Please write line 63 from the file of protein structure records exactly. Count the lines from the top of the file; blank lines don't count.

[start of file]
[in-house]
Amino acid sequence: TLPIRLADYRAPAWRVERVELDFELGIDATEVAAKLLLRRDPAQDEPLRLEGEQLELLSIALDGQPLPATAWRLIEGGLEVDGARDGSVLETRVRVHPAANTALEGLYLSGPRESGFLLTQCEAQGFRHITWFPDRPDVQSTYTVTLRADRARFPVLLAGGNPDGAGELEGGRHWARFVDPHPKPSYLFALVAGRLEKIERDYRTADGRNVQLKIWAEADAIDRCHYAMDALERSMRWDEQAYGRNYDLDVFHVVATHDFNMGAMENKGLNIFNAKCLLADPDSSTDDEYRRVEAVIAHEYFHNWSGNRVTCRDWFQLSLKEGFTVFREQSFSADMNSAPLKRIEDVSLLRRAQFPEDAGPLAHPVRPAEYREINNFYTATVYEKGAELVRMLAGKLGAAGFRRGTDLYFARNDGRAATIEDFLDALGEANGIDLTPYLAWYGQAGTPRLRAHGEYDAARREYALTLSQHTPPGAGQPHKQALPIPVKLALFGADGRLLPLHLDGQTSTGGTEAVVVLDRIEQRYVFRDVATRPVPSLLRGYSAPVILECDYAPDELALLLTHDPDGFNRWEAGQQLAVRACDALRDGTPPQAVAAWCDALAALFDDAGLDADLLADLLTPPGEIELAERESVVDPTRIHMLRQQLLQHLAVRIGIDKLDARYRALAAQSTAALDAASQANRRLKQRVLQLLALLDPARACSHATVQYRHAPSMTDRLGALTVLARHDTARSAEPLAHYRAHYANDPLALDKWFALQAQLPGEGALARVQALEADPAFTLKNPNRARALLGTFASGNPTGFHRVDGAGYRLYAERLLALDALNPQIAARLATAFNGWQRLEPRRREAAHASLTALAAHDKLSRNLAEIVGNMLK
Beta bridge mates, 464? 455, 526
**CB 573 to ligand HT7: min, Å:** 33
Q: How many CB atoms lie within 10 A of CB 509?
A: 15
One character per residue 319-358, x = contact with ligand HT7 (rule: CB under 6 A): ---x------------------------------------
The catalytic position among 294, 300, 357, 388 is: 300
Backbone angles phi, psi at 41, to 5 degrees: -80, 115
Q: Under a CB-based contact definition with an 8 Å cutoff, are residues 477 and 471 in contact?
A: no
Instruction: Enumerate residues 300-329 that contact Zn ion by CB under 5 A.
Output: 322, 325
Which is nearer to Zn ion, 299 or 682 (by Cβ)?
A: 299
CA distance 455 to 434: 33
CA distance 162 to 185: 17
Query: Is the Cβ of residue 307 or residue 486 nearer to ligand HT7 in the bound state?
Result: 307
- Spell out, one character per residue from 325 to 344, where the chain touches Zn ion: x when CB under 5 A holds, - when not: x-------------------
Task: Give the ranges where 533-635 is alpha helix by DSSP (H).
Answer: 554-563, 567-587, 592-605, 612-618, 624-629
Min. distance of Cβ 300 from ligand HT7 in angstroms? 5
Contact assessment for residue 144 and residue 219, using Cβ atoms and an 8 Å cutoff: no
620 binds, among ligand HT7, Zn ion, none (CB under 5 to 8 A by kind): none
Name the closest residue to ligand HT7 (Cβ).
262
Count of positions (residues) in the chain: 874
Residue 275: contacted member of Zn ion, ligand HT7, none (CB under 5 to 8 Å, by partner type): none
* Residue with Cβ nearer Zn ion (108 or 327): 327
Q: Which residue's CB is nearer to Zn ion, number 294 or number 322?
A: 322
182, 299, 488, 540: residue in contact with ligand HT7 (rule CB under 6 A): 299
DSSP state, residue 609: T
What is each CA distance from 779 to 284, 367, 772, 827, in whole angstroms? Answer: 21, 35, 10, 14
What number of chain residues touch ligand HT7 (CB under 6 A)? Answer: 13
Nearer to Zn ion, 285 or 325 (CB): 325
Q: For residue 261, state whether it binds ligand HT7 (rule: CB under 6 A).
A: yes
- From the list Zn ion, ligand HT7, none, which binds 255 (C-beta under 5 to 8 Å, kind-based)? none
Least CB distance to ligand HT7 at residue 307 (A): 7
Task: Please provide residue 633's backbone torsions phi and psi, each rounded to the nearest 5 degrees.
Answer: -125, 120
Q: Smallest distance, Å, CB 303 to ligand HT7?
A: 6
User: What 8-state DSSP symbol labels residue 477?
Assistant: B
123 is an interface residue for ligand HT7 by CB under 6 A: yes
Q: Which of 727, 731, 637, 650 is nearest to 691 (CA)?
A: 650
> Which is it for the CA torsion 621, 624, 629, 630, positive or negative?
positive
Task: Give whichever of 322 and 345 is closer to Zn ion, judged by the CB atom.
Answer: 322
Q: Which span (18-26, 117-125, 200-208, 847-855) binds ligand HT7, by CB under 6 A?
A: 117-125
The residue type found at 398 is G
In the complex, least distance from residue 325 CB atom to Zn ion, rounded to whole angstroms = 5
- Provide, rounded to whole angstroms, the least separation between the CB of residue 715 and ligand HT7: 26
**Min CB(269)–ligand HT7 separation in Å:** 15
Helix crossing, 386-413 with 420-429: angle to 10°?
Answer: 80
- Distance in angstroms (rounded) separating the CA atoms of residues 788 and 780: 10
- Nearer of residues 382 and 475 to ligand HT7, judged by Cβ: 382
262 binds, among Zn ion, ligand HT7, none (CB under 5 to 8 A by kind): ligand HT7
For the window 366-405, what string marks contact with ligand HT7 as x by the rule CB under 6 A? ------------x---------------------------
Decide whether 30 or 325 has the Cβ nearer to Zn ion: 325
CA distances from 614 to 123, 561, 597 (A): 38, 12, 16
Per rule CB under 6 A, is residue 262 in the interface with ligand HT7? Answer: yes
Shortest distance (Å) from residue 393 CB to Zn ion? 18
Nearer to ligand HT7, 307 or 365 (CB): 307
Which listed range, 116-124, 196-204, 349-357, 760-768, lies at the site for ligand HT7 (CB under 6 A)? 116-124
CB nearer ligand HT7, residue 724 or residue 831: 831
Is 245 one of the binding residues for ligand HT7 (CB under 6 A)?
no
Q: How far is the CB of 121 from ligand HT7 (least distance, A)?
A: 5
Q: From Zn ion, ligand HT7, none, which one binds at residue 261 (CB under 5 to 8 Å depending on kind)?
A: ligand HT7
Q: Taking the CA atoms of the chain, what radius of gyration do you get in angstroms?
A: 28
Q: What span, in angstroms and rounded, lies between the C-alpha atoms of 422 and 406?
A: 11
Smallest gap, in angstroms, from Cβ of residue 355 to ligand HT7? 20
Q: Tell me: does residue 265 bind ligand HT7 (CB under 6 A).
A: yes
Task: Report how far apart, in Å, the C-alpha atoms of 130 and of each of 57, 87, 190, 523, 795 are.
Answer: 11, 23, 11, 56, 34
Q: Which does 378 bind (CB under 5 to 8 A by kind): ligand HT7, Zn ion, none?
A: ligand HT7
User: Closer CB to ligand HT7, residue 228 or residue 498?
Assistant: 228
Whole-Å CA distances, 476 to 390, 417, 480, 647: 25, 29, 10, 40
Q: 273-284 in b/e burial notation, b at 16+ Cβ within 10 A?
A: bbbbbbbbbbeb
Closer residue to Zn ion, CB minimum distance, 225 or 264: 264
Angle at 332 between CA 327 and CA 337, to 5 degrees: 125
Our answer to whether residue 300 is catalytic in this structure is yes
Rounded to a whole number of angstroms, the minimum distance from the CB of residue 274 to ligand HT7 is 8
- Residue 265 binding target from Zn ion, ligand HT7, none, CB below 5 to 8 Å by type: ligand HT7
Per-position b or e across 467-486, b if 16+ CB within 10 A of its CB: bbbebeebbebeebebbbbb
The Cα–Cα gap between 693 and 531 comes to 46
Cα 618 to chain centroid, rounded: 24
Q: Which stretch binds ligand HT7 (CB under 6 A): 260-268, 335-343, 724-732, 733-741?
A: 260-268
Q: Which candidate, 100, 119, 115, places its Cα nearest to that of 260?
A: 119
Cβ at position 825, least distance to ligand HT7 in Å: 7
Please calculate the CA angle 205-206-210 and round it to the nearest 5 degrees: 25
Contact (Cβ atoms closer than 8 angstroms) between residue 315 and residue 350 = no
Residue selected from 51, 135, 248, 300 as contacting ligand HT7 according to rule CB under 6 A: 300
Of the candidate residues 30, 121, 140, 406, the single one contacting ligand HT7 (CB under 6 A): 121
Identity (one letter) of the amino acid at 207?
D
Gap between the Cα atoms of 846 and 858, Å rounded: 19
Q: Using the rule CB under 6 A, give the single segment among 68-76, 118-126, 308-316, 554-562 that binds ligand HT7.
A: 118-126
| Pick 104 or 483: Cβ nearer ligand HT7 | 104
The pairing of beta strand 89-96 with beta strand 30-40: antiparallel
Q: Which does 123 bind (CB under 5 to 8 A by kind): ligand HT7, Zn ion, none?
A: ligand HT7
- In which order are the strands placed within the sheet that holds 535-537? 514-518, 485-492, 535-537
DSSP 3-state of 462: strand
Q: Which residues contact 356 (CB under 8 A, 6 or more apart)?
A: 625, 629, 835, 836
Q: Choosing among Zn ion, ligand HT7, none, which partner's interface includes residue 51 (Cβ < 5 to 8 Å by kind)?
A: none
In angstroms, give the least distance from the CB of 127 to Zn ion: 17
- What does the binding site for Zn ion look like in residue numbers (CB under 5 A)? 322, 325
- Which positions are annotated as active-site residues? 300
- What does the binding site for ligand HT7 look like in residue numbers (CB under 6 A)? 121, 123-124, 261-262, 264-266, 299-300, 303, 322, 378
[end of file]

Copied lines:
- Distance in angstroms (rounded) separating the CA atoms of residues 788 and 780: 10